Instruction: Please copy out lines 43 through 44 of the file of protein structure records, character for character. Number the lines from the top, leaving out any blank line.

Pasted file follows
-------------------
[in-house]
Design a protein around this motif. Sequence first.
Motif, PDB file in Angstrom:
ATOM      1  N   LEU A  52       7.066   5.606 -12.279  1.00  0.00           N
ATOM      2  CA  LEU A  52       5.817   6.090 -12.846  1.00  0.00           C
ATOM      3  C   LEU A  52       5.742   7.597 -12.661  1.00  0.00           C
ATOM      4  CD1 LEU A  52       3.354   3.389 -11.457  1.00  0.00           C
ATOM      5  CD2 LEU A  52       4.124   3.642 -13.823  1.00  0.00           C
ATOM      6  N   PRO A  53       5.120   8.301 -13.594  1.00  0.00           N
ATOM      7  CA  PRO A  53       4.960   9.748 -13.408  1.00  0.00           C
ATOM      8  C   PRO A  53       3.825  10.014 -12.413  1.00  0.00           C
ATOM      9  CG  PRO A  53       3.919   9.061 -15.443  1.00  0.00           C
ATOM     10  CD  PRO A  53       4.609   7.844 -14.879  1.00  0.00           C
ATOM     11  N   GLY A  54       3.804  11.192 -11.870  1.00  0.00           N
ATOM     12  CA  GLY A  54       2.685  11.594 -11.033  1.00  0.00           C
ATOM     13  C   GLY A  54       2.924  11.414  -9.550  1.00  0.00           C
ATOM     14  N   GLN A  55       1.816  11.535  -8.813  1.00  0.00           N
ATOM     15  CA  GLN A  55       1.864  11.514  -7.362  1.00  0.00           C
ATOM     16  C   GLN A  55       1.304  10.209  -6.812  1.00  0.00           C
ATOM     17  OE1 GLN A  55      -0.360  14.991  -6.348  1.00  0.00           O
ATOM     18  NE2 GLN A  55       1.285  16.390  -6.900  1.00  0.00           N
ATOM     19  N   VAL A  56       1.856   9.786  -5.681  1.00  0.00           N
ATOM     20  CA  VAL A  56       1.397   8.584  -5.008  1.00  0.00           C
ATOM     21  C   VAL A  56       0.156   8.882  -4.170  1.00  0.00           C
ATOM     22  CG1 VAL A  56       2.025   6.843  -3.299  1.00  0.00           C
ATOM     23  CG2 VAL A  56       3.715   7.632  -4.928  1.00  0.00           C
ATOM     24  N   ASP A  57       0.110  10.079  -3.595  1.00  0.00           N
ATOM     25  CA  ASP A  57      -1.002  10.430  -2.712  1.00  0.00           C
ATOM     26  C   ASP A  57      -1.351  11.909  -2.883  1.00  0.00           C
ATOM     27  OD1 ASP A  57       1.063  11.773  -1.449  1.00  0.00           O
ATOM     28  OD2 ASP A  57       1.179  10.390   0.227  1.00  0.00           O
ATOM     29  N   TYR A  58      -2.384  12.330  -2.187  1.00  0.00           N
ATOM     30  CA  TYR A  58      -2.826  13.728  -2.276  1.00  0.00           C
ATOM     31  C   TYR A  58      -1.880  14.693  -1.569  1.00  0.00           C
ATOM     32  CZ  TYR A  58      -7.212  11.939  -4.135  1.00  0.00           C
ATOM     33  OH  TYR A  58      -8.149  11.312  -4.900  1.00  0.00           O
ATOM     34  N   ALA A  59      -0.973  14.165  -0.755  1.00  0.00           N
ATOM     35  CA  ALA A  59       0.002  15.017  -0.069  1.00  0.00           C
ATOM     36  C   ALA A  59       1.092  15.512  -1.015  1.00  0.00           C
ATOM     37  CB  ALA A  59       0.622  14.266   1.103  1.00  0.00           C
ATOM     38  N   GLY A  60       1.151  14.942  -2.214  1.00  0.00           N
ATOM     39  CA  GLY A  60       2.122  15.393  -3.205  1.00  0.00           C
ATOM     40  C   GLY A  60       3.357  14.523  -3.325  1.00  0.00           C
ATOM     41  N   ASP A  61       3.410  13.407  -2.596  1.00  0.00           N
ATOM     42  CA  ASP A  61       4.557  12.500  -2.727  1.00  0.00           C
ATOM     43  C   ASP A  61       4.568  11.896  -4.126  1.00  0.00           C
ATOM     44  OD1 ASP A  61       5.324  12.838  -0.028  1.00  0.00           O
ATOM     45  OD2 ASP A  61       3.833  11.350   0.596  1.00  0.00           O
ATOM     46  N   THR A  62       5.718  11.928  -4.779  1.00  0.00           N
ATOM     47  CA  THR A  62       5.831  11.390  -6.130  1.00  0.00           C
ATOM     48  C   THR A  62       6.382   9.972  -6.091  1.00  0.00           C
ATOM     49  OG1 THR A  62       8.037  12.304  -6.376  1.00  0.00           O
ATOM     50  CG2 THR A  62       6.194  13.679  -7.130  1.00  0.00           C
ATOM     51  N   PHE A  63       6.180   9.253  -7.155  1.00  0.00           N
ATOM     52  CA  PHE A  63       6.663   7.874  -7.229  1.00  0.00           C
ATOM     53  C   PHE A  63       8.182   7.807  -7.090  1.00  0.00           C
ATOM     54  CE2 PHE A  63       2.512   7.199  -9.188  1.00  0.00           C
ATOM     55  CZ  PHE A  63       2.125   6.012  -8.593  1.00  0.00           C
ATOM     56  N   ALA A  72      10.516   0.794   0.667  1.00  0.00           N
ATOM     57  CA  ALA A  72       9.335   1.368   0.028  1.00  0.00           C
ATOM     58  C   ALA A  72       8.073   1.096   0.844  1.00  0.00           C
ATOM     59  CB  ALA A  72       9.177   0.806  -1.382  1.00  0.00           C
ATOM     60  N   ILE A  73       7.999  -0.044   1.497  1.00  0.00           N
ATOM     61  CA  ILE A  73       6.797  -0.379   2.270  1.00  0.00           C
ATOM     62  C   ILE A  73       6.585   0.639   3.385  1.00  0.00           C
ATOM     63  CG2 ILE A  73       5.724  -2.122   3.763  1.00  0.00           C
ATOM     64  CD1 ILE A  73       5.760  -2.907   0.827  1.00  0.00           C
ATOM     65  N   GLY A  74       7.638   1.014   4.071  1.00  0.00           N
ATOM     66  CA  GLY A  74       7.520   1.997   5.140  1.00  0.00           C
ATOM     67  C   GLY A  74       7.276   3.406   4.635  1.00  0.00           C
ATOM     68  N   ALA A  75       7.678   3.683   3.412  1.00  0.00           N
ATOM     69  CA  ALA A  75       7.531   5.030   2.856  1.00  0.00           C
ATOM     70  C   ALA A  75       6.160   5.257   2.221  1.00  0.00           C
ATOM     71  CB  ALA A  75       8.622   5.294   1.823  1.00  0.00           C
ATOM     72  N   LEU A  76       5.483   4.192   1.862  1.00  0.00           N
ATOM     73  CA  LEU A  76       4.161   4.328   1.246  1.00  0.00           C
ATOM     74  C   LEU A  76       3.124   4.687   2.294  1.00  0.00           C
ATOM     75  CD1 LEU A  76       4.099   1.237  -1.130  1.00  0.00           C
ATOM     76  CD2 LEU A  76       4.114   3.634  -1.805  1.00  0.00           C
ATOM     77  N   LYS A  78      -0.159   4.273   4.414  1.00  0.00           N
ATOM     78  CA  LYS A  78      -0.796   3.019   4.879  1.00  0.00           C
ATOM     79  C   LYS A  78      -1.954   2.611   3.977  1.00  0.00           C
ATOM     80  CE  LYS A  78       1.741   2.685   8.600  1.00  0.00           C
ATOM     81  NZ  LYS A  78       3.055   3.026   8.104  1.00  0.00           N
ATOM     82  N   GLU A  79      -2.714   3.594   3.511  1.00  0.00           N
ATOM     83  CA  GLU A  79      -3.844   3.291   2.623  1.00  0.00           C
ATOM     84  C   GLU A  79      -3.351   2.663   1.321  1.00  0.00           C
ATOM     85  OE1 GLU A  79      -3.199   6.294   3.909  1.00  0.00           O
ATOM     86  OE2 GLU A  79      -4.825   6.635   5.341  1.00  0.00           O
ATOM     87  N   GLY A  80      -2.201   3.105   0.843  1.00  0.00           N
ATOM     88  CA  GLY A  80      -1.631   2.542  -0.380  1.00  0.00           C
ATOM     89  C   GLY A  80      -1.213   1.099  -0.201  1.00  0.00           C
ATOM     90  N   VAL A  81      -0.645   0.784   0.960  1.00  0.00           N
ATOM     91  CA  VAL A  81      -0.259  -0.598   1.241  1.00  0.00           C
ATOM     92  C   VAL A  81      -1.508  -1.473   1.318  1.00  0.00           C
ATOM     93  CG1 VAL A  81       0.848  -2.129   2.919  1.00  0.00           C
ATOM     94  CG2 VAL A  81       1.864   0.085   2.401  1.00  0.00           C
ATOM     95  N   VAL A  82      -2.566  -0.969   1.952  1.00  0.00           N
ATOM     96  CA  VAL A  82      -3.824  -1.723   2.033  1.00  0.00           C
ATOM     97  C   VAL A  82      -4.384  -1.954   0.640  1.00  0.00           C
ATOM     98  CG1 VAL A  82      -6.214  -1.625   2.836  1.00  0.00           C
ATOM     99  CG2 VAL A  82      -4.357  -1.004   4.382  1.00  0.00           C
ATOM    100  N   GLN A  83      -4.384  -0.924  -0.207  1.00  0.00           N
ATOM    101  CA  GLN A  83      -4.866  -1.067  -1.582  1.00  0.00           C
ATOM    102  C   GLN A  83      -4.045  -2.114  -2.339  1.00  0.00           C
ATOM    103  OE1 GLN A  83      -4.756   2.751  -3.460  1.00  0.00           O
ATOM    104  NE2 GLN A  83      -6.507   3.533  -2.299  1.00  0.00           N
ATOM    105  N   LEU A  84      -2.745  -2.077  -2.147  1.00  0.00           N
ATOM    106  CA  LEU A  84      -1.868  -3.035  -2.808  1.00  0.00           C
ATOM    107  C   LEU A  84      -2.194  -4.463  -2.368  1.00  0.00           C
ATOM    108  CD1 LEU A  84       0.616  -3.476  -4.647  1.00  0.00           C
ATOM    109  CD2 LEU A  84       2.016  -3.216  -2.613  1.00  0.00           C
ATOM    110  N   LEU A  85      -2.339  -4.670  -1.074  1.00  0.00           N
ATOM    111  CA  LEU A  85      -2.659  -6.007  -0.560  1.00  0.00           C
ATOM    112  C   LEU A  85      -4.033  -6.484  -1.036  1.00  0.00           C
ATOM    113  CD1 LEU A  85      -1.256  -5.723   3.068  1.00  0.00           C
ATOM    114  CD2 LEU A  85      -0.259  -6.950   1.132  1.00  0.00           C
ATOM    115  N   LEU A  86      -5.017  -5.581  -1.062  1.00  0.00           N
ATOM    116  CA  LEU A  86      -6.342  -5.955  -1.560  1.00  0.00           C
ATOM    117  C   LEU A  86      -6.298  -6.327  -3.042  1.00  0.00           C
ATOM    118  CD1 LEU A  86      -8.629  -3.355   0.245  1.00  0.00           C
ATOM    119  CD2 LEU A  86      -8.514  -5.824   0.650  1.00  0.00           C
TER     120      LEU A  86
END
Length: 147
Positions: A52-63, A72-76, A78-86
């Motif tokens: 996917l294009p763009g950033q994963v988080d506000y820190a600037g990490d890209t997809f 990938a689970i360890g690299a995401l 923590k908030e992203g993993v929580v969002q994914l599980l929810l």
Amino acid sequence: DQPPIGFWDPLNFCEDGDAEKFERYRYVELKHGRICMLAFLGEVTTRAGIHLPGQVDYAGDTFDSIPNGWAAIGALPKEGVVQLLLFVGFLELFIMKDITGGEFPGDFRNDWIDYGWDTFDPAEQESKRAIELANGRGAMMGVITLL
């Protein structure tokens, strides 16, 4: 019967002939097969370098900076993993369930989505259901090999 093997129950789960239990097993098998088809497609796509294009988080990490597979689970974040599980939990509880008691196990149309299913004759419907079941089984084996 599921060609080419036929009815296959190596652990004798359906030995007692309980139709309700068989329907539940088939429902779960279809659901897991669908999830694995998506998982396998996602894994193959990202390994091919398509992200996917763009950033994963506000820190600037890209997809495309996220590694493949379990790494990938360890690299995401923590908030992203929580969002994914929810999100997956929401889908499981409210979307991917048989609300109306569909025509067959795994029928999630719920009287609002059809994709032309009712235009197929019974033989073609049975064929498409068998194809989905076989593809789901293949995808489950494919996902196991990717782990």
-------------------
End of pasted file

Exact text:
ATOM     40  C   GLY A  60       3.357  14.523  -3.325  1.00  0.00           C
ATOM     41  N   ASP A  61       3.410  13.407  -2.596  1.00  0.00           N